In tests both inside and outside, of both videos and stills, the S7 models showed a softer, more realistic palette than some earlier Samsung models, and I liked that. I found the S7 cameras to be notably better than the iPhone’s in low light, but a bit worse outdoors. For instance, Samsung did very well at bringing out people and objects in a poorly lit room in my house, but Apple picked up water droplets on shrubbery that Samsung only hinted at.

Your mileage will vary, but I’d rate these cameras as quite good.


As has happened so often in the past, Samsung’s best efforts at hardware are let down by software. The company told me it had stopped trying half-baked software ideas, and reduced duplication of Samsung and Android apps by about 30 percent.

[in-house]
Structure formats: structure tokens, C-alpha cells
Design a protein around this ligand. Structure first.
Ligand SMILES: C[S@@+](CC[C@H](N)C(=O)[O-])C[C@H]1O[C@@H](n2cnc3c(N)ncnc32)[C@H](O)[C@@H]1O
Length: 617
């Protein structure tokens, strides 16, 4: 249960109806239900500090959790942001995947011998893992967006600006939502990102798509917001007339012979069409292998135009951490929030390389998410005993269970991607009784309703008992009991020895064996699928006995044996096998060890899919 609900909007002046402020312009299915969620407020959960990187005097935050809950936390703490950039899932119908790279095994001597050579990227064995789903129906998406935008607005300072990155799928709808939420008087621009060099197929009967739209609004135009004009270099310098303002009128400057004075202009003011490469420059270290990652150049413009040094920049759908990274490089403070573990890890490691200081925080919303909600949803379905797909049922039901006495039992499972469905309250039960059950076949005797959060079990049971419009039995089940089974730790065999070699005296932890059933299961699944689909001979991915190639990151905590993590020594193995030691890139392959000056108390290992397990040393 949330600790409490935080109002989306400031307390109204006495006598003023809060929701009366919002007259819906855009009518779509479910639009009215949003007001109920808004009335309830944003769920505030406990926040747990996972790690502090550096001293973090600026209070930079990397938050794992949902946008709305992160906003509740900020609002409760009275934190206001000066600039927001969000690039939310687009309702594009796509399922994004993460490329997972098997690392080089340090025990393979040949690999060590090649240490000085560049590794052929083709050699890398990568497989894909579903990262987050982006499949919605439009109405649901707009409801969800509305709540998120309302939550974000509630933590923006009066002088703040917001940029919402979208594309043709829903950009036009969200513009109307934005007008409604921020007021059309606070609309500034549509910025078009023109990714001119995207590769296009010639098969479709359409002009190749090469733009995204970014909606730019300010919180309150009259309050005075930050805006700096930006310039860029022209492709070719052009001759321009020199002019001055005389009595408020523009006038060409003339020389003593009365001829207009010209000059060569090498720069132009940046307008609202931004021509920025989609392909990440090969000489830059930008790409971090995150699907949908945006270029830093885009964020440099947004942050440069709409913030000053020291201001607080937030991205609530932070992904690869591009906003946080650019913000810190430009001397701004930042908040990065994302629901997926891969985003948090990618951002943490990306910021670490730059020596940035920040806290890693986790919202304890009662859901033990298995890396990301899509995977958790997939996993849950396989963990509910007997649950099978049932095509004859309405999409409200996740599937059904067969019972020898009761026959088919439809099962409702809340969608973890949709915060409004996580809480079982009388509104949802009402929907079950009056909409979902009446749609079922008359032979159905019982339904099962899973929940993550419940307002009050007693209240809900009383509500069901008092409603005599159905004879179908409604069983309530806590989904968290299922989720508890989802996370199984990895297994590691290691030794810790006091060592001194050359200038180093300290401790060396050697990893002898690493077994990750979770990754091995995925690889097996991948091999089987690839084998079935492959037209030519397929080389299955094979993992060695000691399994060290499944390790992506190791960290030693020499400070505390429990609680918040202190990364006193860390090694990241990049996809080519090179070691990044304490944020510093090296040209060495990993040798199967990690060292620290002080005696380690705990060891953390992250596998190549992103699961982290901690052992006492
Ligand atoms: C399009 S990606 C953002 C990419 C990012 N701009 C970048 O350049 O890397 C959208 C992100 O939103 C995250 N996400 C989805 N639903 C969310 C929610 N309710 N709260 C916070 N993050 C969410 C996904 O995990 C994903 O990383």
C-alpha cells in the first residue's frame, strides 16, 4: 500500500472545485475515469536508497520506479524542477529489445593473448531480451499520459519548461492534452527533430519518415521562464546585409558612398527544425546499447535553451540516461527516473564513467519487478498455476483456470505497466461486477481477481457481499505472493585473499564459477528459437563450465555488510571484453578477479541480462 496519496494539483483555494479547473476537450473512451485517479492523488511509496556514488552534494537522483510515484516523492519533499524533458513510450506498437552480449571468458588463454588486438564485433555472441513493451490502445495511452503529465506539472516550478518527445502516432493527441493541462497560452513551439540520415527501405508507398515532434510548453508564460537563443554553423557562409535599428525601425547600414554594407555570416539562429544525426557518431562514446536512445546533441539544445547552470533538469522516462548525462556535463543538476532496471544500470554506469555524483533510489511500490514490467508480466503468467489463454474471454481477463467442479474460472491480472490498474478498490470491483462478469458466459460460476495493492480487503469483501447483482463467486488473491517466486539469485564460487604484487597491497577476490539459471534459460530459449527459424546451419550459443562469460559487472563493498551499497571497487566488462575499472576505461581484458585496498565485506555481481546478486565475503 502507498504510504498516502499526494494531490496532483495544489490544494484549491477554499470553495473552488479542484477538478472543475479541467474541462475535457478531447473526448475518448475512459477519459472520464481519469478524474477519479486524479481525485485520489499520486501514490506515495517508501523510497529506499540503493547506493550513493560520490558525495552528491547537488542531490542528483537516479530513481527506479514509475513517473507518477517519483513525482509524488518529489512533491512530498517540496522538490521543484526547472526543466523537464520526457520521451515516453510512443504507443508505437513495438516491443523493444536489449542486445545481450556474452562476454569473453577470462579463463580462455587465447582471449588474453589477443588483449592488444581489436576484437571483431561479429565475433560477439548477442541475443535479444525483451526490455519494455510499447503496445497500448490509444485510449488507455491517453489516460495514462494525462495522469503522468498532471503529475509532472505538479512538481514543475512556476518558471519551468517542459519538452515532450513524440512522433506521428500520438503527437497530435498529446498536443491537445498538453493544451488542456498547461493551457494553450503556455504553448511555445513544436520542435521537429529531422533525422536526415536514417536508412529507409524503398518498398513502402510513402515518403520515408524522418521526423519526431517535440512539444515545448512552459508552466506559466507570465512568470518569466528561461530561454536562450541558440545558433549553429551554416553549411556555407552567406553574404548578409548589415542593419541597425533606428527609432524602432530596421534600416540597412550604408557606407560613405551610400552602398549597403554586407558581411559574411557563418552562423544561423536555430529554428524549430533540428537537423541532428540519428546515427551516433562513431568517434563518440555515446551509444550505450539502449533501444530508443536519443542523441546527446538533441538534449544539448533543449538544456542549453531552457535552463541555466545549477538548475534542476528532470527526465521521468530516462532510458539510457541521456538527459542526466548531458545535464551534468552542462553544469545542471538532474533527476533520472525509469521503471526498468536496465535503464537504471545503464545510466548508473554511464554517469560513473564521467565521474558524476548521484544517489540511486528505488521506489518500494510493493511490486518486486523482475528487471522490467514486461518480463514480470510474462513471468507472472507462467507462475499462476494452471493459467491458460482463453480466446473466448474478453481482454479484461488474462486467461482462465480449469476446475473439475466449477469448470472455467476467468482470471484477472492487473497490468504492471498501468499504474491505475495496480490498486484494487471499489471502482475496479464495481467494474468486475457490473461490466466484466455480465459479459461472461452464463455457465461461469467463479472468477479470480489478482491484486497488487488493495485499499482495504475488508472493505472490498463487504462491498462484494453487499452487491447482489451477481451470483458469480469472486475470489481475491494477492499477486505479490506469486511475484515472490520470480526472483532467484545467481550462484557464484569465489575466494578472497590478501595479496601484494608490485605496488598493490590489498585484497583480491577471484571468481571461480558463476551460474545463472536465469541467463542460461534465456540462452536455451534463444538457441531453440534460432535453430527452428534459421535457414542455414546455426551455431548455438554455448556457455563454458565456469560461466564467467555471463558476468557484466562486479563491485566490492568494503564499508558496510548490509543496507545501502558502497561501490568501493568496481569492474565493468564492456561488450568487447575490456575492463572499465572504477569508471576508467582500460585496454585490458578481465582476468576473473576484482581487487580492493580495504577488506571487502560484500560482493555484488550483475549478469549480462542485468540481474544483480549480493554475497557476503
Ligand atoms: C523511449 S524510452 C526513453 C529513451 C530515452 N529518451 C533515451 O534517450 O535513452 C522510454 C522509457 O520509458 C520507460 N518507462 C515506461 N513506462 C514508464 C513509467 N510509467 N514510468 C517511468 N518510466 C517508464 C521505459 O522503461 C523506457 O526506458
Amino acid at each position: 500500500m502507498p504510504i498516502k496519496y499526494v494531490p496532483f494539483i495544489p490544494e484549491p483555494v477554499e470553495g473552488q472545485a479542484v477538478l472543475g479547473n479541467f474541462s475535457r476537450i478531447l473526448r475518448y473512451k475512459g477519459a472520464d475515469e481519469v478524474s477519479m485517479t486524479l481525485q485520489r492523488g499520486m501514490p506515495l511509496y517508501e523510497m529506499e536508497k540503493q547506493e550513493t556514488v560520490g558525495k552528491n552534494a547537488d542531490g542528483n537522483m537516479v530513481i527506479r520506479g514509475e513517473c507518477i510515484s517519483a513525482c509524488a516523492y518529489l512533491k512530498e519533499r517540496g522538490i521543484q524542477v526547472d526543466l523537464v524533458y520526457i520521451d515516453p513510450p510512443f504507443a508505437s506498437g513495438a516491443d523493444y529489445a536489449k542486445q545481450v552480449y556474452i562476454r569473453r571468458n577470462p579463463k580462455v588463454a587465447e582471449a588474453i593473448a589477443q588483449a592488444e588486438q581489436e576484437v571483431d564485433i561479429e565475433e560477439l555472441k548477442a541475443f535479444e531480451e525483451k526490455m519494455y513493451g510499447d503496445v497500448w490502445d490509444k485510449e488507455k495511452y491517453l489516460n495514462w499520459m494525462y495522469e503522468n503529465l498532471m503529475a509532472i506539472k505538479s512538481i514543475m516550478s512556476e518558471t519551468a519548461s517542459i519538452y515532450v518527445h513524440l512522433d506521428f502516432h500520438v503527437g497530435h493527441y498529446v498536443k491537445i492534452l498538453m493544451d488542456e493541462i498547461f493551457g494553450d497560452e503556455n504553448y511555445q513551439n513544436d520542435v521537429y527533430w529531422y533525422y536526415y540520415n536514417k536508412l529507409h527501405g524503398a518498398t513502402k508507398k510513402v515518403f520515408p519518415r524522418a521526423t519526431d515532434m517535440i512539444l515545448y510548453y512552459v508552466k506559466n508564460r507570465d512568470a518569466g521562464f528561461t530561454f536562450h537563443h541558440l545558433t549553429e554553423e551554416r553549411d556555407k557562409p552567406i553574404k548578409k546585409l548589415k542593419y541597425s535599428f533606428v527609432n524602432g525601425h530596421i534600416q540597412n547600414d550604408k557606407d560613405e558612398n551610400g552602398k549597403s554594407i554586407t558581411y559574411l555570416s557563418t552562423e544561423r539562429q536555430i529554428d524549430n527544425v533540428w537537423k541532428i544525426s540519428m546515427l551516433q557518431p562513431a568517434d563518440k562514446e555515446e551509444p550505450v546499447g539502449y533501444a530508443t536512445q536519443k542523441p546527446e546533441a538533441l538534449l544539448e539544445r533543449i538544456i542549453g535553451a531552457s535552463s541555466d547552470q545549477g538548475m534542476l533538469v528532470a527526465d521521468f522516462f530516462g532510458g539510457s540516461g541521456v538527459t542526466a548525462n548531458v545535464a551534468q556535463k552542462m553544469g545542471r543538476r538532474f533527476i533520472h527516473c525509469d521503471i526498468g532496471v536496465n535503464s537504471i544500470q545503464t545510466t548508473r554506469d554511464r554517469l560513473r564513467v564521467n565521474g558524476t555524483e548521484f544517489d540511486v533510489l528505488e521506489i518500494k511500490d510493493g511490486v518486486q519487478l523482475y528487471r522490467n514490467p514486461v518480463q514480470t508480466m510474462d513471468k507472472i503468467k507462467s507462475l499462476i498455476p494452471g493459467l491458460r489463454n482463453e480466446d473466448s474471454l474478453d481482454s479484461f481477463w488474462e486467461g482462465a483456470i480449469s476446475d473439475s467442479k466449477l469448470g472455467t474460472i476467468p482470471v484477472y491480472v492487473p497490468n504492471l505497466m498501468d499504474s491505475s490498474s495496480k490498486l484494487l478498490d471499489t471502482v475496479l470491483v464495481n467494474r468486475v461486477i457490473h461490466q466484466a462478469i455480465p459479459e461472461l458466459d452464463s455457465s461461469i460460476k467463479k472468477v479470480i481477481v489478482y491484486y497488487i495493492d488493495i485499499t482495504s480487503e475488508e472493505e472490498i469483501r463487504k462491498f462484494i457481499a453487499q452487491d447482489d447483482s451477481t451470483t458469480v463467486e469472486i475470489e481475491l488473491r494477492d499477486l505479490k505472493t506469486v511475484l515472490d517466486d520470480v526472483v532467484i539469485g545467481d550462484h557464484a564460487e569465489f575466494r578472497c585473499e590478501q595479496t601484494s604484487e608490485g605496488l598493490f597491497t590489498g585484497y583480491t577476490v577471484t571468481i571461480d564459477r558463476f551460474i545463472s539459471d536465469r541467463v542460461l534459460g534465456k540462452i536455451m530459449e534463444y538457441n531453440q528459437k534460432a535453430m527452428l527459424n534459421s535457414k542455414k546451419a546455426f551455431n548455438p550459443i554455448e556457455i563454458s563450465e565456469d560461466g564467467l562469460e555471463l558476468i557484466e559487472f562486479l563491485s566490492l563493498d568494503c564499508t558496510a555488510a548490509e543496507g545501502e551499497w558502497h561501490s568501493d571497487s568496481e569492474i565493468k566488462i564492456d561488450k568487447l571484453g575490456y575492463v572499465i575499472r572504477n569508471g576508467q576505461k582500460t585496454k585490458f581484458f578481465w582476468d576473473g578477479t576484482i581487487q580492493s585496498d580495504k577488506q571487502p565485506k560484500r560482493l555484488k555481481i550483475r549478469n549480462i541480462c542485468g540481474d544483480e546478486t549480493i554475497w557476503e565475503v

I agree that the S7s have the cleanest software build of any Galaxy I’ve tested, and that Samsung’s TouchWiz interface has been toned down. But there’s still too much duplicate software for my taste. For instance, out of the box, there are still two email apps, two music services, two photo-viewing apps, two messaging apps and, except on Verizon, two browsers and dueling wireless payment services. (Samsung says Verizon barred including Samsung’s browser and Samsung Pay out of the box.) And Verizon builds in a third messaging app.

Speaking of Verizon, my test unit running on that carrier had a folder with eight of the carrier’s apps in it. The setup process also guided me to using Verizon’s messaging app rather than Samsung’s and a Verizon backup service. It even warned me I might lose important stuff if I didn’t sign up for the Verizon service. At one point, I received a gaudy, jarring full-screen Verizon ad urging me to send retail gift cards via messaging. I also received a notification urging me to let Verizon show me how to speed up visits to its stores.